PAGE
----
LABOUR leadership candidate Jeremy Corbyn has said he could restore the party’s historic commitment to public ownership if he wins the contest to succeed Ed Miliband.
Corbyn said that he would consider reversing Tony Blair’s decision 20 years ago to scrap Clause IV of the party’s constitution which committed it to “common ownership of the means of production”.
The backbench MP said Labour should not “shy away” from public ownership of parts of some industries just days before party members and registered supporters are due to receive their voting papers in the four-way leadership contest.
Corbyn, who is due to makes a series of campaign visits to Scotland this week, has emerged as the unexpected frontrunner after the left-winger narrowly made it onto the ballot paper for the contest – the winner of which will be announced on 12 September.
He suggested that he could consider bringing back the original Clause IV as part of a commitment to take back some “necessary things” into public ownership if he was to win the vote.
The highly-symbolic move to scrap Clause IV was widely seen as a key moment in Blair’s leadership and his remaking of the party as New Labour in a change that scrapped its commitment to public ownership and backed the market economy.
However, Corbyn, the MP for Islington North, said there was now growing public support for public ownership of utilities such as the UK’s privatised railway services.
He said: “I think we should talk about what the objectives of the party are, whether that’s restoring the Clause IV as it was originally written or it’s a different one, but I think we shouldn’t shy away from public participation, public investment in industry and public control of the railways.
“I’m interested in the idea that we have a more inclusive, clearer set of objectives. I would want us to have a set of objectives which does include public ownership of some necessary things such as rail.”
However, a spokesman from his campaign stated that Corbyn was not saying he wanted a return to “the old clause IV” and that he did not want “a big ‘moment’ such as that” after the backing for public ownership was attacked by leadership campaign rivals.
The spokesman confirmed that Corbyn would seek to open up a discussion about “public ownership objectives for the 21st century” – including the railways – if he won the contest.
“Jeremy is not saying he wants to return to Clause IV, nor does he want a big ‘moment’ such as that. He says we need some forms of discussion about public ownership objectives for the 21st century,” the spokesman said.
Labour leadership contest rivals shadow home secretary Yvette Cooper and shadow care minister Liz Kendall accused Corbyn of wanting to take the party backwards.
Cooper said: “The British economy needs new hi-tech entrepreneurs, innovation and growing business, not a return to the days of British Leyland. And Labour needs radical ideas for the future, not to turn the clock back. We’ve always been a progressive party that’s embraced the future – this is not the time to be reactionary and cling to the past. Otherwise we will fail to deliver the social justice and equality the Labour Party believes in and we won’t win the power to change peoples’ lives.
“The government’s role is to back the skills, science, research, infrastructure and childcare that employees, business and industry all need in the modern economy. I want Britain to double its investment in science to create two million more hi-tech manufacturing jobs. We should be working in partnership with business, not spending billions of pounds we haven’t got buying businesses out.”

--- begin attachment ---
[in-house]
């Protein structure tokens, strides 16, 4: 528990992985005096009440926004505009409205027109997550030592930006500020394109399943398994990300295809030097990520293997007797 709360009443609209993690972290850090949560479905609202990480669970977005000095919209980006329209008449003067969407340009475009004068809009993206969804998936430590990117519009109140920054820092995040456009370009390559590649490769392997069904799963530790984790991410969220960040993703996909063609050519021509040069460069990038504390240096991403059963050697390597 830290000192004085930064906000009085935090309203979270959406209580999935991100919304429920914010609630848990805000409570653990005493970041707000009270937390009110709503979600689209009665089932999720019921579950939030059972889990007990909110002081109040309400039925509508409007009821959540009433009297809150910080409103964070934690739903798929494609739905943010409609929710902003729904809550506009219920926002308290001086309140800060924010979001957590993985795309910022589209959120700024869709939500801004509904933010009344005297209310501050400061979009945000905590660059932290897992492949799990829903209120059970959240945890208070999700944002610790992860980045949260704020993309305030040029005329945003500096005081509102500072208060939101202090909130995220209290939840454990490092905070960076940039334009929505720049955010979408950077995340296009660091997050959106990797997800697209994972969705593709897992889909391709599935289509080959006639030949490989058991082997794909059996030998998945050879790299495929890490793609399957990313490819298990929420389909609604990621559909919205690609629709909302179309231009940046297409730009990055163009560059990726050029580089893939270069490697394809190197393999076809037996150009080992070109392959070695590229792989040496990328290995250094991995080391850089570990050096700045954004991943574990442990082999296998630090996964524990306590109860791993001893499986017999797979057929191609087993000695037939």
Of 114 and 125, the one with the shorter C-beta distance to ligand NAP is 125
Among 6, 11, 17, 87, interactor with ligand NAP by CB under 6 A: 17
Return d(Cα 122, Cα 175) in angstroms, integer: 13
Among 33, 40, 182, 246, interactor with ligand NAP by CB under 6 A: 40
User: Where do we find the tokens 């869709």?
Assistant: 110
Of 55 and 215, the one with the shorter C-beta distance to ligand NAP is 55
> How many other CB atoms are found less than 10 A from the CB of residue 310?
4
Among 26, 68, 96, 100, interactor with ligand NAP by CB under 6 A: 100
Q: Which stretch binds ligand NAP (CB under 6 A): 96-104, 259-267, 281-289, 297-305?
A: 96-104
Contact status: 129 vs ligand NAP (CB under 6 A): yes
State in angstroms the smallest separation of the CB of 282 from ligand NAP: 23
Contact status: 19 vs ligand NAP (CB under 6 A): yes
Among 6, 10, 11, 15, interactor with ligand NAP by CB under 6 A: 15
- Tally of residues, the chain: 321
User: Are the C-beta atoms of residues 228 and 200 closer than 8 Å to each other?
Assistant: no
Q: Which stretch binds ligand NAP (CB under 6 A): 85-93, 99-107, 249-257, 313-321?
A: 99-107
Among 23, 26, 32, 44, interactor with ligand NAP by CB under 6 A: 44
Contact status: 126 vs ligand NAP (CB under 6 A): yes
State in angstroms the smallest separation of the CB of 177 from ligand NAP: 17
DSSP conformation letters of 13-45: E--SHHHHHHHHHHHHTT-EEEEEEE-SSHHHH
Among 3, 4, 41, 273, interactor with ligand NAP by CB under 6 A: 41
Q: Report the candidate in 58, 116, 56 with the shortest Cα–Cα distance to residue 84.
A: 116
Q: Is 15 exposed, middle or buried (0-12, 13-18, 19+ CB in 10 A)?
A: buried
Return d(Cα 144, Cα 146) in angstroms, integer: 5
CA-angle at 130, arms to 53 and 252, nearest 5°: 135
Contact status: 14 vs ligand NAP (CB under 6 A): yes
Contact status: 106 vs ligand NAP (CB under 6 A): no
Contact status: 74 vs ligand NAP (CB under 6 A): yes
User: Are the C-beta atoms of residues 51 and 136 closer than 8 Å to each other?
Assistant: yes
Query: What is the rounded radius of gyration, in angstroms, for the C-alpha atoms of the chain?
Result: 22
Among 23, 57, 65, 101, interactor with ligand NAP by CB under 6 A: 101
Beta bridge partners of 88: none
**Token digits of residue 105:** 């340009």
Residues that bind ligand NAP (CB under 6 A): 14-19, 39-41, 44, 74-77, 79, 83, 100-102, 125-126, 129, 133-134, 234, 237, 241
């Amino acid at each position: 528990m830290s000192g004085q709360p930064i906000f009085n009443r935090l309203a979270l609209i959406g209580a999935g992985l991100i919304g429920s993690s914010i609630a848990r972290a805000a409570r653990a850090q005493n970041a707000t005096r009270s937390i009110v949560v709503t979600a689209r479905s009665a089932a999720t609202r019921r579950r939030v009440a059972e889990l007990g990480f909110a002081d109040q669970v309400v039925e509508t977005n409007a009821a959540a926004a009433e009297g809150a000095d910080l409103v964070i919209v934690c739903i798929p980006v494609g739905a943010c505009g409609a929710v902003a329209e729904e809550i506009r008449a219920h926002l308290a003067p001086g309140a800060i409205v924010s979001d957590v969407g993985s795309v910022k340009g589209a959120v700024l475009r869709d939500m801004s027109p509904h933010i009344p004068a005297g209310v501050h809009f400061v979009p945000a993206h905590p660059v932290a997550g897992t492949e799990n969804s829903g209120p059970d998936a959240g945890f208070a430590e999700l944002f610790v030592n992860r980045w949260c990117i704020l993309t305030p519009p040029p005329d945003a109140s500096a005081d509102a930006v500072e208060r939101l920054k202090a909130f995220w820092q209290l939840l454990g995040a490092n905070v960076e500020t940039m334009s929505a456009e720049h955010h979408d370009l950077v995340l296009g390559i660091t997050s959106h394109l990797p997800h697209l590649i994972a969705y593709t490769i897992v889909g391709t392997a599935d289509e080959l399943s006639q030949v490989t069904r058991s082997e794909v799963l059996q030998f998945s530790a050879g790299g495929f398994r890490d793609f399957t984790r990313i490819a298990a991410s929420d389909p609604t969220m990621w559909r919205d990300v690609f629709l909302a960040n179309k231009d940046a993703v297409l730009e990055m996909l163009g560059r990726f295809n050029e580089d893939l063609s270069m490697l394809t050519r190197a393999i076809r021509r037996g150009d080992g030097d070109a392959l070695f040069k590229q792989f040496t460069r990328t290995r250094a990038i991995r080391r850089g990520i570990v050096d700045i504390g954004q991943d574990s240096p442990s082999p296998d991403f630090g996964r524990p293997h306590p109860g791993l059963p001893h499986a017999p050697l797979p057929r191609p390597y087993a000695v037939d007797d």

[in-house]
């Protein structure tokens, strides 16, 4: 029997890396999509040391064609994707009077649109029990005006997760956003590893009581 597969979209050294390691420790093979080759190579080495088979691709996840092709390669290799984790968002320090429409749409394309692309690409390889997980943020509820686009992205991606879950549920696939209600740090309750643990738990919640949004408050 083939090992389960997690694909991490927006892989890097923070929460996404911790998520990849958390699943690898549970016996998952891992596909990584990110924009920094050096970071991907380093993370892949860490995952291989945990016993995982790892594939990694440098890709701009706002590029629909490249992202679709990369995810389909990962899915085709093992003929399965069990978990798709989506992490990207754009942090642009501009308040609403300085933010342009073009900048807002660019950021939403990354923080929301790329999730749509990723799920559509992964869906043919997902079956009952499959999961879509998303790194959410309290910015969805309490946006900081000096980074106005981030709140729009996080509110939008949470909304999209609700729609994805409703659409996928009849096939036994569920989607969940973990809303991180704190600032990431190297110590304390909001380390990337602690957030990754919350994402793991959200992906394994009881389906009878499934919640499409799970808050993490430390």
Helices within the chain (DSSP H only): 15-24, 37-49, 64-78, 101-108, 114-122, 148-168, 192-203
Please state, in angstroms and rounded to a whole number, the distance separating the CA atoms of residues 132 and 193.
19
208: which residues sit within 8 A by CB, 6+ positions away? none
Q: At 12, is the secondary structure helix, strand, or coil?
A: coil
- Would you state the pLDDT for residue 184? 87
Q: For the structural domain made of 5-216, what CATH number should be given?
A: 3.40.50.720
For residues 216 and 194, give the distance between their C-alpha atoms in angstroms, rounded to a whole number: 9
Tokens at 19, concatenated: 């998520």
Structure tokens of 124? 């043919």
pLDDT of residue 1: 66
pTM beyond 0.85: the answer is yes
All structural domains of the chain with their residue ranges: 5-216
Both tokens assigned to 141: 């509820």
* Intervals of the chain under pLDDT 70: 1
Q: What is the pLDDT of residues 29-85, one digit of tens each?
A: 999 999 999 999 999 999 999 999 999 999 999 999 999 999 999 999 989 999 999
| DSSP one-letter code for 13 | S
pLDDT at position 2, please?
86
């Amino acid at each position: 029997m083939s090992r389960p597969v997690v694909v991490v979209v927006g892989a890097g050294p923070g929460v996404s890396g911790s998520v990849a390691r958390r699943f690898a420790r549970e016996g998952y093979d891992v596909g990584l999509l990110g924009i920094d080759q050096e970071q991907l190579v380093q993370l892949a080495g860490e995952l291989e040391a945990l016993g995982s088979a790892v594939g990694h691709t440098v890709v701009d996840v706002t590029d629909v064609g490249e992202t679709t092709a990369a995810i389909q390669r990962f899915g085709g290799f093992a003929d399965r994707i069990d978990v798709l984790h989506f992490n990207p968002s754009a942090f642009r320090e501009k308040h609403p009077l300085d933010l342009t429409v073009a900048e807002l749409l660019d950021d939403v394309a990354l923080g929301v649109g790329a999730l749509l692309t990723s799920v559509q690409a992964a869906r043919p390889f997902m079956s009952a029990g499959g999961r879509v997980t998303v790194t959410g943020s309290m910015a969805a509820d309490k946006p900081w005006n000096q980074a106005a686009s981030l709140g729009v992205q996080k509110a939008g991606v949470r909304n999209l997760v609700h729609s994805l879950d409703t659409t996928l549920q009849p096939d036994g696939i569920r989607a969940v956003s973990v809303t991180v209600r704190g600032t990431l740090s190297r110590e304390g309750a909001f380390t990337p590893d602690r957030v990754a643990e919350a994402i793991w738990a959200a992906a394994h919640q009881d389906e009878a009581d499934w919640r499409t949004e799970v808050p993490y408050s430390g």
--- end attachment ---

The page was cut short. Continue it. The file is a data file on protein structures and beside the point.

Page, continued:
Kendall – the leadership challenger seen as being the closest to Blair’s policies – fiercely condemned the idea as a throwback to the ideas of leftwingers like the late Tony Benn.
She said: “This shows there is nothing new about Jeremy Corbyn’s politics. It is just Bennism reheated, a throwback to the past, not the change we need for our party or our country. Life had moved on from the old Clause IV in 1994 let alone 2015. We are a party of the future, not a preservation society.”
The campaign team for shadow health secretary Andy Burnham declined to comment on Corbyn’s suggestion that Labour could readopt Clause IV, which was originally drafted in 1918 during the party’s early years of existence.
However, Burnham warned that some new recruits attracted by the radical policies of Corbyn “don’t have the party’s best interests at heart”.
The shadow health secretary became the latest senior figure to voice concern that so-called “entryists” from the hard left were seeking to infiltrate the party in order to vote for Mr Corbyn.
It is thought that around 190,000 of the 390,000 people who are eligible to vote in the leadership election have signed up since the party’s General Election defeat in May.
They include affiliated supporters who – under new rules adopted under Mr Miliband – have to pay just £3 to take part as well as individual members of trade unions and other organisations which are affiliated to the party.
Burnham acknowledged that many had been drawn by the excitement generated by Corbyn’s leadership bid.
He said: “I don’t doubt for a second there are lots of enthusiastic people who have joined who want something bigger from politics who are drawn to what Jeremy is saying.
“But there are others underneath who don’t have the Labour party’s best interests at heart.
“I would just say Jeremy does need to take care about that.”
However, Corbyn who made his remarks about Clause IV in an interview yesterday, defended the anti-austerity message of his leadership campaign. He said: “We’re not going back anywhere, we’re going forward, we’re going forward in democracy, we’re going forward in participation, we’re going forward with ideas.”